Daily CSR
Daily CSR

Daily CSR
Daily news about corporate social responsibility, ethics and sustainability

Workplace culture and the evolving job market


In this episode of Teal Talks, Merck's chief talent officer has an engaging discussion with leaders from LinkedIn, Workhuman and S’well on ways businesses can adapt in the evolving job market.

Workplace culture and the evolving job market
The global workforce is undergoing significant change. An unprecedented number of workers will resign in 2021. What began as an economic trend known as the "great resignation" has resulted in long-term workplace changes.

"It's redefining and recalibrating the relationship between employee and employer, and more specifically, what the employee perceives to be the employer's responsibility to them," said Steve Pemberton, Workhuman's chief human resources officer.

Why are employees leaving their jobs, and where are they going?
According to a Pew Research Center survey, the top reasons Americans will quit their jobs in 2021 are low pay, a lack of opportunities for advancement, and feeling disrespected at work.
According to Kimbrough, a desire to work from home in remote jobs is also driving some of the labor market turnover.

“Nearly half of all applicants on our platform apply for at least one remote role. And this is up from an infinitesimally small number pre-pandemic,” said Kimbrough. “So, one thing everyone is looking for is that flexibility, and a lot of that comes through remote or hybrid opportunities.”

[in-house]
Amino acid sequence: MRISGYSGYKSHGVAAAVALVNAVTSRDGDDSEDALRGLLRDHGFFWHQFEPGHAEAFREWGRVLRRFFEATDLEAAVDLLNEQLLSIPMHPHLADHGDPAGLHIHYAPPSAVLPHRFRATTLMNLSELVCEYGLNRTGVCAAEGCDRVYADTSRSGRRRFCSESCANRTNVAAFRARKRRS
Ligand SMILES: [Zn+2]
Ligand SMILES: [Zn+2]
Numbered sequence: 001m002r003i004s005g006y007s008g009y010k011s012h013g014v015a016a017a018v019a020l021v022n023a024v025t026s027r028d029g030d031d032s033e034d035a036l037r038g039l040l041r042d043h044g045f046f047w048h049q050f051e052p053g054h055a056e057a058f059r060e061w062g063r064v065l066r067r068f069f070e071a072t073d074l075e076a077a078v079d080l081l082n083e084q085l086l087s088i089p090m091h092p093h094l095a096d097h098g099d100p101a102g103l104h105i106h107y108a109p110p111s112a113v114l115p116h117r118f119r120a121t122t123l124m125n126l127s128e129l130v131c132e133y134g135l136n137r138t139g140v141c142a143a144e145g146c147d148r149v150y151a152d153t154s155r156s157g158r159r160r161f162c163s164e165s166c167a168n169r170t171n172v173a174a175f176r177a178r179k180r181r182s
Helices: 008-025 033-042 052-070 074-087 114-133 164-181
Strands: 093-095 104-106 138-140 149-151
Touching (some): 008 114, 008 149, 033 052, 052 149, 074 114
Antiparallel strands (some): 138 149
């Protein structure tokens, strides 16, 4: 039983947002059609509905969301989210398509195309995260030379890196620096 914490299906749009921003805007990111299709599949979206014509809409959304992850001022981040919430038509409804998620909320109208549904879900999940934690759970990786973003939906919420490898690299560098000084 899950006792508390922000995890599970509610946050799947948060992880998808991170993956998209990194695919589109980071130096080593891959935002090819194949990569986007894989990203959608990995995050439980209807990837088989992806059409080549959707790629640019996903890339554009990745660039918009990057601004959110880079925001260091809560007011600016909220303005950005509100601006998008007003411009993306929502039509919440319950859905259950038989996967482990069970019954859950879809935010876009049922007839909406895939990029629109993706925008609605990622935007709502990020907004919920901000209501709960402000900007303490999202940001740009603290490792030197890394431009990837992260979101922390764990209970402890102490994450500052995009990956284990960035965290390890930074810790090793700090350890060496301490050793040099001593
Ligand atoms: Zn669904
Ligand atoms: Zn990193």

Making work more engaging and meaningful
According to research, employees want a sense of purpose in their professional lives that aligns with their personal values.

According to a recent poll, more than half of U.S. employees would be willing to take a pay cut to work for a company that shares their values.

Kauss, whose company was founded with the goal of eliminating single-use plastics, has seen the benefits of this purpose-driven mindset.

“I was very surprised by the caliber of employees that were choosing to come to a smaller startup like S’well because of our purpose,” Kauss said.

"Quiet quitting"
Quiet quitting, a popular term popularized by a viral TikTok video, is when employees stop going above and beyond in their jobs and instead do the bare minimum. According to some experts, quiet quitting is a residual effect of the COVID-19 pandemic, burnout, and the "great resignation" because it empowered employees to take control of their work-life balance.

“I think what’s indicative is whether or not employers are going to meet humans halfway in their recalibration of what work looks like, how it’s done, where it’s done, and with whom it’s done,” said Steve Pemberton.

Although many people believe that the decision to leave a company is in the hands of employees during the "great resignation," Kimbrough claims that LinkedIn data is showing a hiring slowdown and an increase in the mention of "layoff" in their feed.

 “To some, quiet quitting may mean getting the basic job done, but in these uncertain economic times, quiet quitting can mean lower productivity for the whole company, and it could push employers to let workers go,” she said.
The "Great Resignation"
We have seen some of the most significant disruptions to the workforce and workplace in decades, but there have been some positive developments. "I think the most positive thing that has come out of this time is the increased emphasis on social issues and the importance of individuals in leading great teams and making positive change in the world," said Kauss .

You can learn more about Merck’s Environmental, Social & Governance (ESG) by clicking here.